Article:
1. Not finding help here? Sign up for a free 30min tutor trial with Chegg Tutors
    Dismiss Notice
Dismiss Notice
Join Physics Forums Today!
The friendliest, high quality science and math community on the planet! Everyone who loves science is here!

Thin walled pressure vessel with added forces

  1. Jun 11, 2011 #1
    1. The problem statement, all variables and given/known data
    Hi, this is my first time posting so I hope you can see the attachment.


    2. Relevant equations

    Hoop stress = pr/t
    Longitudinal stress = pr/2t


    3. The attempt at a solution
    I am stuck on part a), afterwards I think I should be fine.
    I am guessing you can "add" axial stresses induced by the 30kN force...but I'm not sure? In this case I have:

    Circumferential stress = pr/t = 26.25MPa [Tension]
    Longitudinal stress = pr/2t - 2 * (F/A) = -285.29Mpa. [compression]

    The longitudinal stress is large which leads me to believe I have done something wrong.

    Any help or clarification would be greatly appreciated.
     

    Attached Files:

  2. jcsd
  3. Jun 12, 2011 #2

    Mapes

    User Avatar
    Science Advisor
    Homework Helper
    Gold Member

    Hi hideki, welcome to PF!

    Your reasoning about superposing the stress from the 30 kN force is fine. But your calculations need checking. Where did the factor of 2 come from? What is the cross-sectional area of the material under stress in the cylindrical part of the vessel?
     
  4. Jun 12, 2011 #3
    Hi Mapes, thankyou for your reply.

    I used a factor of two because there are two forces on each side of the cylinder. I guessed the cross sectional area was pi * (.14^2)...but this is probably incorrect because the end of the cylinder is curved and not a flat surface.
     
  5. Jun 12, 2011 #4

    nvn

    User Avatar
    Science Advisor
    Homework Helper

    hideki: Both concepts in post 3 are incorrect. Try again. As Mapes mentioned, check your second calculation in post 1.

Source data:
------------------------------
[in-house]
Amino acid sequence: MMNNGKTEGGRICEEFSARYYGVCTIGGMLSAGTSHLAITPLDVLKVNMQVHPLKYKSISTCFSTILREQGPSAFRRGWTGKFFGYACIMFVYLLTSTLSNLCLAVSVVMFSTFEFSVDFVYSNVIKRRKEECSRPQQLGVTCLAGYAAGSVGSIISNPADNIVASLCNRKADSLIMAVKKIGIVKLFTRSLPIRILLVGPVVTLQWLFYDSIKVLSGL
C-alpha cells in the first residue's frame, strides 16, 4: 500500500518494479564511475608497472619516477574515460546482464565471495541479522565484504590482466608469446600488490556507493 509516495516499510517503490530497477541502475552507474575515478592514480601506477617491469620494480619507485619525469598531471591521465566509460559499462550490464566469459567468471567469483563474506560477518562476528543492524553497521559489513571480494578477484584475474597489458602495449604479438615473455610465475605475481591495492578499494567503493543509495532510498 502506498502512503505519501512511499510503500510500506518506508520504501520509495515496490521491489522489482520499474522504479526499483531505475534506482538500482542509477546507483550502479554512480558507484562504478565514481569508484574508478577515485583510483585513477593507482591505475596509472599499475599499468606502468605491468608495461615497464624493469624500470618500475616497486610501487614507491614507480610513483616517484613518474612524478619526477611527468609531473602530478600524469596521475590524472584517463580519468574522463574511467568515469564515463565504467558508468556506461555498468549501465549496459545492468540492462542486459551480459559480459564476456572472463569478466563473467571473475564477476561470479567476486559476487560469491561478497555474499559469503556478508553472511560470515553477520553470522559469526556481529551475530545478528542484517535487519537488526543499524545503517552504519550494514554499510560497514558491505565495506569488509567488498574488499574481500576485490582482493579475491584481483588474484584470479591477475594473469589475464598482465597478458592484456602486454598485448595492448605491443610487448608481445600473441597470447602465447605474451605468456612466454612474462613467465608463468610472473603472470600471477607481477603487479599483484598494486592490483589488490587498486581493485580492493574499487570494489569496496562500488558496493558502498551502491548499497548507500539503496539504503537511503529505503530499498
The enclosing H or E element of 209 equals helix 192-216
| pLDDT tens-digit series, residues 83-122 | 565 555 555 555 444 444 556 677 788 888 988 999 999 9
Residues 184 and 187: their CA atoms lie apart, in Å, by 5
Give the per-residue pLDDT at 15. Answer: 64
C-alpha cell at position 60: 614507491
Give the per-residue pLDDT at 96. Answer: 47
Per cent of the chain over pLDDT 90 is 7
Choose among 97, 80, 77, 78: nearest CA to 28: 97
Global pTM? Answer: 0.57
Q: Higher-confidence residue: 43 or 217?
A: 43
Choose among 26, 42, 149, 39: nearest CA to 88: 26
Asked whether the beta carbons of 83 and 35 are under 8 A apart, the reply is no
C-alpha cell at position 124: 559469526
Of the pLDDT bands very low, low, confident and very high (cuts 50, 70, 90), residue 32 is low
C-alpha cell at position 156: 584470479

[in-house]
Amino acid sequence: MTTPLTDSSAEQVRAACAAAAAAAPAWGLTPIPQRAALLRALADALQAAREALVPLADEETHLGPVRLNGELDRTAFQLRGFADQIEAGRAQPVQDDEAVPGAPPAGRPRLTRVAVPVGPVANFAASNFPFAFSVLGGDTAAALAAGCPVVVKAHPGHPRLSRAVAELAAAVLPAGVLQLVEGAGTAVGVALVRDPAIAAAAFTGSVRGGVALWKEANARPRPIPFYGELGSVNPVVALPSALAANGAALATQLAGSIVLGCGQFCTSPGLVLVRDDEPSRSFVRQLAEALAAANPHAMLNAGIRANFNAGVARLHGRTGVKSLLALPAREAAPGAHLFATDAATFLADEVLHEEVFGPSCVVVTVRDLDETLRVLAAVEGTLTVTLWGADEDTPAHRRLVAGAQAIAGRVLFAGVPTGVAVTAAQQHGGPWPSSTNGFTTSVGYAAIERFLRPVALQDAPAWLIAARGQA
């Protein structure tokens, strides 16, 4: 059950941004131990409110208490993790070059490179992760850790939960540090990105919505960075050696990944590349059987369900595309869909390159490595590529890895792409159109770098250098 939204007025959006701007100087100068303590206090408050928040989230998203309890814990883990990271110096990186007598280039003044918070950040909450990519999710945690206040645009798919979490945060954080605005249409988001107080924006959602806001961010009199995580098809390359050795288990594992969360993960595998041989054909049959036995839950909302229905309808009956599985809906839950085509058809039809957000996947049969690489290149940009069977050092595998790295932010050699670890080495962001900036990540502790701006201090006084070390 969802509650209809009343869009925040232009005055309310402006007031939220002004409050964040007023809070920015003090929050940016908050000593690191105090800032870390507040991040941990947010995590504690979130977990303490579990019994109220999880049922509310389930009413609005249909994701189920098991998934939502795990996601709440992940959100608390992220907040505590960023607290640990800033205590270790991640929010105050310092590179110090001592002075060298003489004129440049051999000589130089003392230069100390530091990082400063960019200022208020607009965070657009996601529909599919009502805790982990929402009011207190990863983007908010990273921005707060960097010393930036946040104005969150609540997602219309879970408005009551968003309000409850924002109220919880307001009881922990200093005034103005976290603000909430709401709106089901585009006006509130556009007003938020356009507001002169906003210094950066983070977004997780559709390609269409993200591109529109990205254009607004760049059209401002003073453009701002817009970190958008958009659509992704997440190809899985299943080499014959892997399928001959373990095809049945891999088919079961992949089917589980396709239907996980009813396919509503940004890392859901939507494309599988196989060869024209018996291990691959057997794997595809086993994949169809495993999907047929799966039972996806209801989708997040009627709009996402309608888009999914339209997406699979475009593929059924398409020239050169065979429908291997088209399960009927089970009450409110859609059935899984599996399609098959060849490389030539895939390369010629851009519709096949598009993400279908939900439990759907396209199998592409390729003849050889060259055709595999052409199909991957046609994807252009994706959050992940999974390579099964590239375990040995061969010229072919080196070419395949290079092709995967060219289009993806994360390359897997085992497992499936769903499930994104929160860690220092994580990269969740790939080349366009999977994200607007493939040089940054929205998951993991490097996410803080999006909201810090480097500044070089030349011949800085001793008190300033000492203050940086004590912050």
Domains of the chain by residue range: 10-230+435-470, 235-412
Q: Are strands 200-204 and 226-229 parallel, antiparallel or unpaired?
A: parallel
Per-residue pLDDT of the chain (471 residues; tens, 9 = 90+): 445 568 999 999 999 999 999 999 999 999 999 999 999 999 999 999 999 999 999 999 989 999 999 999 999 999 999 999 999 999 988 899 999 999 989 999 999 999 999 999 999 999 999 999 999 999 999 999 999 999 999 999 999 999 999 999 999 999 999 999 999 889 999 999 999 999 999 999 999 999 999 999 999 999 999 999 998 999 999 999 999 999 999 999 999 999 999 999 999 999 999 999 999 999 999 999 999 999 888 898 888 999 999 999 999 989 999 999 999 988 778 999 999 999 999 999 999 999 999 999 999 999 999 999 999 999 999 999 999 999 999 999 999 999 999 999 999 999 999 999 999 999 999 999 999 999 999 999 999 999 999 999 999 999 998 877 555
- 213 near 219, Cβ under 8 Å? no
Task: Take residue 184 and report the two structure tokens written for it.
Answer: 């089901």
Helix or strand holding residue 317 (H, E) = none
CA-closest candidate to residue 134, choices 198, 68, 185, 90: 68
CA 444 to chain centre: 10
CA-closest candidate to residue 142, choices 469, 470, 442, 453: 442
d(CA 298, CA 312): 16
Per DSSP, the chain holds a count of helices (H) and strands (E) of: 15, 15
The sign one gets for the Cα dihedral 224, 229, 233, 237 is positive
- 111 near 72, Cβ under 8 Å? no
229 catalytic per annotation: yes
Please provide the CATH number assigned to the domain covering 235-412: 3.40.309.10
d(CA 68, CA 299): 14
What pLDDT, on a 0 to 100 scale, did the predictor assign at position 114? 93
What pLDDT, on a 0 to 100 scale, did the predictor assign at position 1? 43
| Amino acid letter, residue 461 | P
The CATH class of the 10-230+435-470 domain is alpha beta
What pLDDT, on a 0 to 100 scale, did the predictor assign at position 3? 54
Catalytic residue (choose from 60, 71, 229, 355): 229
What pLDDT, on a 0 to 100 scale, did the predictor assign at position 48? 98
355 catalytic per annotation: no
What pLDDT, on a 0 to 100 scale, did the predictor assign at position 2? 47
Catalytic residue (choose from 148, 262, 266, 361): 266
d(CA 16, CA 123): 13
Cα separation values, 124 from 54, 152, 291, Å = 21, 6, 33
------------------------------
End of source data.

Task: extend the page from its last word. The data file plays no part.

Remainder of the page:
Your circumferential stress in post 1 is correct. Always leave a space between a numeric value and its following unit symbol. E.g., 26.25 MPa, not 26.25MPa. See the international standard for writing units (ISO 31-0). Also, it is spelled MPa, not Mpa.

    Do not worry about the stress in the elliptical end caps, for now. Compute the stress in the cylindrical portion of the pressure vessel.
     
  6. Jun 13, 2011 #5
    Hi nvn, thanks for your reply.

    So the longitudinal stress due to the pressure is:
    longitudinal stress = pr/2t = 13.125 MPa [Tension]

    and the longitudinal stress due to the forces is:
    longutdinal stress = F/A = (30*10^3)/(pi*.14^2) = 0.487 MPa [Compression]

    Is that true?
     
  7. Jun 13, 2011 #6

    SteamKing

    User Avatar
    Staff Emeritus
    Science Advisor
    Homework Helper
    2015 Award

    In calculating the direct axial stress due to the 30 kN force, the stress is developed in the area of the 8 mm tank shell, not the entire cross section of the tank.
     
  8. Jun 13, 2011 #7
    Sorry I don't understand. What would the area be then?
     
  9. Jun 13, 2011 #8

    Mapes

    User Avatar
    Science Advisor
    Homework Helper
    Gold Member

    If you were to look at a cross section of the cylindrical part, what is the area of the material region that you see? ([itex]\pi r^2[/itex] is the cross-sectional area taken up by air).
     
  10. Jun 13, 2011 #9
    Would the area be pi(.14^2-.008^2) = .06137 m^2?
     
  11. Jun 13, 2011 #10
    Then the longitudinal stress would be:

    pr/2t - F/A

    where A is the area from the previous post
     
  12. Jun 13, 2011 #11

    Mapes

    User Avatar
    Science Advisor
    Homework Helper
    Gold Member

    What is the reasoning here? This is equivalent to taking the entire cross-section area and subtracting the area of a circle with radius 8 mm. But there is no circle with radius 8 mm in the problem.

    Image unwrapping the wall of the cylindrical cross-section. You'd get approximately a rectangle with width 8 mm and length equal to the perimeter of the circle, right?
     
Know someone interested in this topic? Share this thread via Reddit, Google+, Twitter, or Facebook

Have something to add?
Similar Discussions: Thin walled pressure vessel with added forces
Loading...